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What Goes into Match Ammo?

We know match ammunition is intended to maximize accuracy, but there's much more to it than just that.

What Goes into Match Ammo?

Making match ammunition is about a lot more than accuracy alone. 

I see questions in many different places asking what makes “match ammo.” The official definition of match ammunition according to the SAAMI glossary is rather short and simple: “Ammunition made specifically for match target shooting. Produced with special controls to assure maximum uniformity of cartridge performance.”

We know it is intended to maximize accuracy, but is there more? As a matter of fact, yes.

Factory match ammo will be within voluntary safety guidelines applicable to any ammunition, ensuring firearms and ammo are 100 percent compatible. Maximum average pressure limits, function, and cartridge/chamber dimensions are, for all practical purposes, the same as equivalent sporting ammunition.

The notable exception is the .22 Long Rifle. The sporting and match cartridge dimensions are identical down to their drawings’ tolerances (the “±” part). However, there are separate chamber specifications for the match chamber—it is shorter and smaller in diameter and has a 25 percent shorter leade.

The simplest way to make match ammo is lot selection. If a production lot of a standard product posts exceptional accuracy, it may get packed and offered as match ammo. That led to one of CCI Ammunition’s most famous competition products.

Years ago, CCI made only two .22 LR products: Mini Mag and standard velocity. Company lore says when regular final acceptance testing showed a loading lot of standard velocity to be exceptionally accurate, a QA worker would tie a green paper tag to the metal pans holding that lot prior to final packaging. Several of the specialty match equipment suppliers had standing orders for any exceptionally accurate standard-velocity ammo.

The original CCI Green Tag was born as lot-selected CCI standard-velocity ammo, but that has now changed. Improvements in tooling and loading equipment mean Green Tag is a purpose-built competition product, and it has been for 40+ years. In fact, the tables have turned; any lots that fail to make the unbelievably tight Green Tag accuracy specs get packaged as very accurate CCI standard-velocity ammo.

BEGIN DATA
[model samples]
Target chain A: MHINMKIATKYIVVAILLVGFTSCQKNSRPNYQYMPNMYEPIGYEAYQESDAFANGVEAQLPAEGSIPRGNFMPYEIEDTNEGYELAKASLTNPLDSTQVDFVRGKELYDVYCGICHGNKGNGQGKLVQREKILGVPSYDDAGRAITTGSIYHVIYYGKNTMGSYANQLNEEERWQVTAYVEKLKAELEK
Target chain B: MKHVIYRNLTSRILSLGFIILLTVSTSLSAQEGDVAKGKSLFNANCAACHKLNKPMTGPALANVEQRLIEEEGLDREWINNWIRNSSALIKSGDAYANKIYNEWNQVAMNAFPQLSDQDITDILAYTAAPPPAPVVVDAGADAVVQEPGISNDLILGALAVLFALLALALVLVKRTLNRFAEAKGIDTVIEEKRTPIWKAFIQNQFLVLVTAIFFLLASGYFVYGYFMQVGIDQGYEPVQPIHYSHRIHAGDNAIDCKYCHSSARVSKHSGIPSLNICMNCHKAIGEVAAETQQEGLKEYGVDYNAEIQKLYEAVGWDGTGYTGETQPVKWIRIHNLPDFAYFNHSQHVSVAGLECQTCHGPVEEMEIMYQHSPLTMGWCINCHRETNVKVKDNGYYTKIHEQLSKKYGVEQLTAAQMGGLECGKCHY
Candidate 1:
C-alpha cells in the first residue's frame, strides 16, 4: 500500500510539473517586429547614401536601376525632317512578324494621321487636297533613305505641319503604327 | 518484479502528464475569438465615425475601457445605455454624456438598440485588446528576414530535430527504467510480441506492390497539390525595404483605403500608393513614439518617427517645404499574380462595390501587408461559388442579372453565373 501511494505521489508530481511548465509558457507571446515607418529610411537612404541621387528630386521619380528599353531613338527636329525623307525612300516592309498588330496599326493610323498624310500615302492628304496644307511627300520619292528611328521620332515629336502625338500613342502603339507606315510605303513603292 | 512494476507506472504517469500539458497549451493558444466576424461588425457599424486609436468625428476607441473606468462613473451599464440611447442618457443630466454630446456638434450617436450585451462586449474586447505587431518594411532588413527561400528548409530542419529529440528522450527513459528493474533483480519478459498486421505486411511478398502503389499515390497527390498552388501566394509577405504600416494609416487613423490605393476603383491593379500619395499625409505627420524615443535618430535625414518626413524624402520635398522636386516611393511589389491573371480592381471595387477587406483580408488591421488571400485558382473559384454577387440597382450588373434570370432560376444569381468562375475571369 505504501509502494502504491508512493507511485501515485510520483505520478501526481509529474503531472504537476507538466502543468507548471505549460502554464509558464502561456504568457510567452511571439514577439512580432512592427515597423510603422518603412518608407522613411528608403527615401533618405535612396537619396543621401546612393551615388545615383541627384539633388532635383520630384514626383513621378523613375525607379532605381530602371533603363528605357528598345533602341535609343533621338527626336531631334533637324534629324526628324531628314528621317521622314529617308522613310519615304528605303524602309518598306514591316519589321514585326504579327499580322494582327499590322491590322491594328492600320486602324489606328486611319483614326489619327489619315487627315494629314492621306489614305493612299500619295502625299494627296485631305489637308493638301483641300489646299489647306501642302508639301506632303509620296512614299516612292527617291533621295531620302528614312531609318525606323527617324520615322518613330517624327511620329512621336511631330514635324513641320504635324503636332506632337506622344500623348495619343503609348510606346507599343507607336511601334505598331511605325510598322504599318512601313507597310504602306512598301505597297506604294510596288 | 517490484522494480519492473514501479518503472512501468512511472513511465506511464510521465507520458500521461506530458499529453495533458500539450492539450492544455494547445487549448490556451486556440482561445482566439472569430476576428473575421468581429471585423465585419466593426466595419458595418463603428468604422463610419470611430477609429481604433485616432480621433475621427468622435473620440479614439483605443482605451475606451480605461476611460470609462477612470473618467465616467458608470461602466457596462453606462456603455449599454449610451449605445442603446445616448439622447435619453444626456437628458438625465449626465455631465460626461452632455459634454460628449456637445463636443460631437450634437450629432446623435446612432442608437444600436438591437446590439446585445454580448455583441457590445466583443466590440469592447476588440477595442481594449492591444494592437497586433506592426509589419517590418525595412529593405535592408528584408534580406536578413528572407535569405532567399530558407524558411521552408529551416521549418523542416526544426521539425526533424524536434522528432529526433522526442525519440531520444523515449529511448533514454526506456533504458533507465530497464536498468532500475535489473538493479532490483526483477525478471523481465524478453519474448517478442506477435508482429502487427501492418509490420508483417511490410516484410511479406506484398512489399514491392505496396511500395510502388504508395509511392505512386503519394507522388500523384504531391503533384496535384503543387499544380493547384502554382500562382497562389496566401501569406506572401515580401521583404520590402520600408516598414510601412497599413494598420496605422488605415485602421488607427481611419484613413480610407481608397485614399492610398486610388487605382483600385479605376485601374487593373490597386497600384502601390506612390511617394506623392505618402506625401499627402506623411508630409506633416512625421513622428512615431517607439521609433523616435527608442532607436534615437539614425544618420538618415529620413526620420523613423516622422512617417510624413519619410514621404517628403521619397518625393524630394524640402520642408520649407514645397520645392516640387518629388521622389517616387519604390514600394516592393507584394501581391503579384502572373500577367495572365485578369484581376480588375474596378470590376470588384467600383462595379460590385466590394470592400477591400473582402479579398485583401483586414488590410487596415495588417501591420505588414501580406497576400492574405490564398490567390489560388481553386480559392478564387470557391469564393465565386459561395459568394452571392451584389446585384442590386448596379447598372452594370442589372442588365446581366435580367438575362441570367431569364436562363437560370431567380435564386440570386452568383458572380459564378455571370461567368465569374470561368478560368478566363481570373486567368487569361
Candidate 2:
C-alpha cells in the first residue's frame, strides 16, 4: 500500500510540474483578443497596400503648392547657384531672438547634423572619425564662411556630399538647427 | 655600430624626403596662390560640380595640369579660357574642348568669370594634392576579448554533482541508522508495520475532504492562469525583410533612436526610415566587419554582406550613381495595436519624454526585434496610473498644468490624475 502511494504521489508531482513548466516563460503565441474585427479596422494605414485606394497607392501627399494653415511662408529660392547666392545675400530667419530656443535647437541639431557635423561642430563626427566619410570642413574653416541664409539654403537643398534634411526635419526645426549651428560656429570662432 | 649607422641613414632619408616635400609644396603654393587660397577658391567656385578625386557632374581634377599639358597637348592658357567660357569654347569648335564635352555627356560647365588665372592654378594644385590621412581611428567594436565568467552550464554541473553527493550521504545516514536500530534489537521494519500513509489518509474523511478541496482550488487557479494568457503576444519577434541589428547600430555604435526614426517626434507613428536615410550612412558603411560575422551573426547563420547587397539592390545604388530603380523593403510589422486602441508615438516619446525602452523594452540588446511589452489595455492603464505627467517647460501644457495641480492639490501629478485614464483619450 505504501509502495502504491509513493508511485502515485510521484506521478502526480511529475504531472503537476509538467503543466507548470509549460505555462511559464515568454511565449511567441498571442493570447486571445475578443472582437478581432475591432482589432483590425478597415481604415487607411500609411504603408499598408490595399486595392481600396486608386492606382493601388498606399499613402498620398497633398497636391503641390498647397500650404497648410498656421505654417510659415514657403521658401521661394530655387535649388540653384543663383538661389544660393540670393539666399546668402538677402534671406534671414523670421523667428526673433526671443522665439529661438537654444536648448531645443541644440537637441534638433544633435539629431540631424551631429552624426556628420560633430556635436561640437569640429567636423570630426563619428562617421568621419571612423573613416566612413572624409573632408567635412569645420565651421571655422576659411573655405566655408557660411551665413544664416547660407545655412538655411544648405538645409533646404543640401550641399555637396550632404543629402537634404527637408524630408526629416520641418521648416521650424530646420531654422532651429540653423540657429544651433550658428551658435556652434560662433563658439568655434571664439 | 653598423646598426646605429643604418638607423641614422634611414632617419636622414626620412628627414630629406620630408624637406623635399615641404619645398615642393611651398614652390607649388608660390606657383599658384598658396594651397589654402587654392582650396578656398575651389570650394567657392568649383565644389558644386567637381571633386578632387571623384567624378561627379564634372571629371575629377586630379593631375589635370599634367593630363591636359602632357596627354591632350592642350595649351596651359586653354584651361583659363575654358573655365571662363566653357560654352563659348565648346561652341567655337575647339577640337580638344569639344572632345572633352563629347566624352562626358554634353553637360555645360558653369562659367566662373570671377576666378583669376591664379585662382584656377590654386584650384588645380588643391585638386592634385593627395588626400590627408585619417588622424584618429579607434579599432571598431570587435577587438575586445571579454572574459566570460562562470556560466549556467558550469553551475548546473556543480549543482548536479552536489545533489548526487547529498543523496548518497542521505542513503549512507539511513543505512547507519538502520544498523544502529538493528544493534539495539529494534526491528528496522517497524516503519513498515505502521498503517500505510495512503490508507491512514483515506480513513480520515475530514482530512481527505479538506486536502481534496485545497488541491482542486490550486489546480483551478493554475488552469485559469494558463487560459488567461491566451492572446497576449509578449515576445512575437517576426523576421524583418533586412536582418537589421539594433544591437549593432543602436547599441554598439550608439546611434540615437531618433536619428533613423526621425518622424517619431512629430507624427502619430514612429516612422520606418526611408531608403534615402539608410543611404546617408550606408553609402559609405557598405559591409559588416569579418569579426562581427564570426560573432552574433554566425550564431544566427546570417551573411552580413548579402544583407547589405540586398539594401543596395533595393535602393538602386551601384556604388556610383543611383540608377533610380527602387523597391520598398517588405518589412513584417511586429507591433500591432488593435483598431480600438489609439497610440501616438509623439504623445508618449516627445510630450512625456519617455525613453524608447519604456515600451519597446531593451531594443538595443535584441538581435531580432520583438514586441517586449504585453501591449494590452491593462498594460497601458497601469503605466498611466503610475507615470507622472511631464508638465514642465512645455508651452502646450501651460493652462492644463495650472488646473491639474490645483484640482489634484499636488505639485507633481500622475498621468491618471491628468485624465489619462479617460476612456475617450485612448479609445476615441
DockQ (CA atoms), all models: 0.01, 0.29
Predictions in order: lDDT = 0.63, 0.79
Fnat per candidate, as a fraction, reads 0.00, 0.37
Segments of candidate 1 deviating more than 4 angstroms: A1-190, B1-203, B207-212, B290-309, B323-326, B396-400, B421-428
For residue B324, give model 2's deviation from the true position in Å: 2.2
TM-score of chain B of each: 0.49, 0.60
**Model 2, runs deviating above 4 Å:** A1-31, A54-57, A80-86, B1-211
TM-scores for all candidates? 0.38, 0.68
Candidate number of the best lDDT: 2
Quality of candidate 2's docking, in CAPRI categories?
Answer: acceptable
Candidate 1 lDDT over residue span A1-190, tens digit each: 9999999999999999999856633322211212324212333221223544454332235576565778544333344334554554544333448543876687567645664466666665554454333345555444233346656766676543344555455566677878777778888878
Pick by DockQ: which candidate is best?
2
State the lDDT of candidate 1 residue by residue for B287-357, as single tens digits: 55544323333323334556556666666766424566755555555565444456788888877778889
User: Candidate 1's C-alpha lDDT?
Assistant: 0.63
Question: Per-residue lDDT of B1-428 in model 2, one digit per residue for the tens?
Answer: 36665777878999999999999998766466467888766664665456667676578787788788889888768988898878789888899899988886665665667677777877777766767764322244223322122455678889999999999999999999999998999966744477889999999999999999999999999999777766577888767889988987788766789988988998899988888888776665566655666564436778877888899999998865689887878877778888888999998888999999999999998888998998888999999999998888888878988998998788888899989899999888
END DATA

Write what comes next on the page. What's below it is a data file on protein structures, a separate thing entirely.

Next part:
Match ammo requires additional accuracy testing at the factory to achieve higher statistical confidence, such as more shots per group and/or more groups to be fired and averaged. When I was working, Green Tag accuracy acceptance was based on the average of 10, 10-shot groups at 50 meters (about 55 yards). That’s a bunch of shooting, and it was done for every lot.

Other products may need their match components made on different equipment from mass-distribution products. In manufacturing, time is money. By making more parts per minute (within quality standards), costs stay under control, and the company stays in business. To achieve this end, a press making conventional bullets or cartridge cases may have multiple dies stations with identical dies. One “whomp” of a press can make several cases or bullets. That lowers cost without sacrificing the quality of conventional products.

That may not be appropriate to critical-needs match products. They may require the manufacturer to revert to presses with a single die station so that all the cases or bullets in one run are truly identical down to virtually unmeasurable dimensions.

Some match components or finished ammo may be made or assembled at reduced machine speeds to maintain match specifications. Slower machine speeds also allow closer monitoring of the overall operation of a press to maintain uniformity. Match ammo may be more expensive because it is made more slowly and often in smaller lots, which increases overhead costs.

Accuracy is far from the only parameter. Ballistically, a match load may have velocity limits placed on it by the nature of an event type, or it may require a special propellant that does not stress 80-year-old gas systems, such as the M1 Garand’s.


Function is another consideration. All ammomakers function-test some ammo from each lot in firearms commonly chambered for that cartridge. For match ammo, the function specifications set by the initial design and performance document usually dictate what firearms are used, but options are left open if a new model enters the picture.

When CCI developed .22 LR Pistol Match, recommendations garnered from competition shooters in the United States and Europe helped set the function parameters. By far, the people who would be using the ammo wanted reliability in the Walther GSP, the Pardini semiautos, and the S&W Model 41. Regardless of any other models included, those models graced the product’s final design and performance documentation.

Achieving function with accuracy with Pistol Match went beyond velocity or pressure settings. Our engineer and his team went through a number of propellant candidates as well as bullet and cartridge case tweaks. The result was worth the effort.

Can you apply this to your home-built match ammo? Yes, some of it. Buying bullets and new unprimed cases from the same lot where possible is a great start if you keep the lots separate from your regular components. When prepping new rifle cases, I like to uniform all the case necks in a sizer die and then trim to uniform length in one case trimmer setup in one session to avoid any dimensional “drift” that can come from changing a setup in mid-lot. I weigh individual propellant charges but usually do not bother sorting components by weight.

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